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This document describes appropriate customer expectations from Cisco Technical Support with regard to service on ONG platforms. This document also prepares customers for what a Technical Support engineer asks of them.
This document is intended as a guide. There is no attempt to replace or modify the legal terms and conditions contained in the service contract or warranty.
There are no specific requirements for this document.
This document is not restricted to specific software and hardware versions.
Refer to the Cisco Technical Tips Conventions for more information on document conventions.
As an Optical customer with a valid service contract or new equipment warranty, your initial contact with Technical Support begins in one of three general ways:
with a Web service request
This guide describes each of these methods briefly. Refer to Technical Support Overview for additional information.
Cisco.com contains a great deal of helpful information about the operation and maintenance of our Optical transport platforms. Cisco.com is a good place to start when you have a question about the performance of your system. If you are unable to find the answer you need, open a Technical Support service request with your web browser. This method allows you to include information such as log files or error messages, which can provide valuable information to the Technical Support engineer assigned to your service request. When you open your service request, you can choose whether you want a return telephone call from an engineer or whether you prefer to receive an email response.
Sometimes the most efficient method to get started is to open a service request by email. You can use email to provide detail that is sometimes difficult to deliver by voice.
The Technical Support main phone number for access from North America is (800) 553-2447. You can initiate a call at any time of the day or night, 365 days of the year. Refer to Customer Service Contacts to determine the best number to use for access from other parts of the world.
After you have opened a service request, your assigned engineer might provide you with his or her direct phone number for ease of access. Sometimes, this is a number in Europe. If you need to contact your engineer directly and do not have access to overseas phone lines, you can always call the main Technical Support number and ask the agent to transfer you to your engineer.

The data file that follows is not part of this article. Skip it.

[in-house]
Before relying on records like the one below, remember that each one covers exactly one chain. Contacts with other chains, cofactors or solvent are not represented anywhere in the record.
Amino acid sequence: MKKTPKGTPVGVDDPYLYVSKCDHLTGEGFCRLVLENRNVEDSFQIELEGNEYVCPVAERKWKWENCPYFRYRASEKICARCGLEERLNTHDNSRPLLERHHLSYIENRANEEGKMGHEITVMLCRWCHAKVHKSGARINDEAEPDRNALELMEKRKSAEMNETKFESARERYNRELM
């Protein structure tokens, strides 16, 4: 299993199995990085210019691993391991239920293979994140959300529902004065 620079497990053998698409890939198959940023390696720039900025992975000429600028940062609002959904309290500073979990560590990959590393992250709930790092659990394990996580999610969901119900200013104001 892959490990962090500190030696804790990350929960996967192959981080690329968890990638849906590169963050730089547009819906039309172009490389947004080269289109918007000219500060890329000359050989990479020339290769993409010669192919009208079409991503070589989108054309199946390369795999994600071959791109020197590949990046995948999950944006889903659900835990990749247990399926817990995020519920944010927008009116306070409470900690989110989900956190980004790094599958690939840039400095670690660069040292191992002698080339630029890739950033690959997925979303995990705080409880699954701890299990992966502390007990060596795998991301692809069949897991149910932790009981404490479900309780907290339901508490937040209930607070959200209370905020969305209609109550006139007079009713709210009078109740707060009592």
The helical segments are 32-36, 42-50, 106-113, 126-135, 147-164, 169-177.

Email service requests are queued with requests that arrive by phone. Phone calls do not receive priority over email service requests. In many circumstances, email service requests are handled before phone calls.
This is additional information to help you open a service request with Technical Support by phone:
The contact assigned to the service request is asked to be prepared to assist with troubleshooting and problem resolution.
Out of respect for and in recognition of the security of your internal network, our engineers do not dial into your system without express authorization from your central point of contact when a problem is investigated.
In the event the Technical Support engineer is not able to get in touch with the service request contact, the engineer leaves a message and tries alternative methods of contact as applicable.
The Technical Support staff makes a concerted effort to reach the contact; however, the contact's help and availability is necessary to proceed with the service request resolution.
As a customer, you can expect:
Your first call to the Technical Support department to be answered within three minutes.
Your first call is handled by an agent whose purpose is to locate a highly qualified Optical engineer who can address your issue, and if needed, escalate to the proper internal channels.
Subsequent actions depends on the document priority:
For Priority 1 (P1) or P2 service requests, the initial Cisco agent locates the appropriate engineer and provides you with a live handoff. In most cases, this takes no more than 15 minutes. Outside of standard business hours, it is possible for it to take up to an hour for an engineer to respond.
For P3 or P4 service requests, you are advised to expect a return call when an engineer is available to help. You can expect an engineer to respond within one hour for all calls received during standard business hours. Outside of standard business hours, a Cisco engineer responds no later than the next business day.
The engineer who accepts your service request owns your satisfaction. You can expect the engineer to resolve your problem or, based on priority and time constraints, hand the service request off to another qualified engineer.
Because Cisco does not use a tiered system, your first contact is with a highly qualified Cisco engineer. This engineer reviews your problem with you and develops an effective plan for resolution.
Overall resolution time varies based on the complexity of the problem and the priority you assign to the service request. In general, this table shows the Technical Support goals for problem resolution: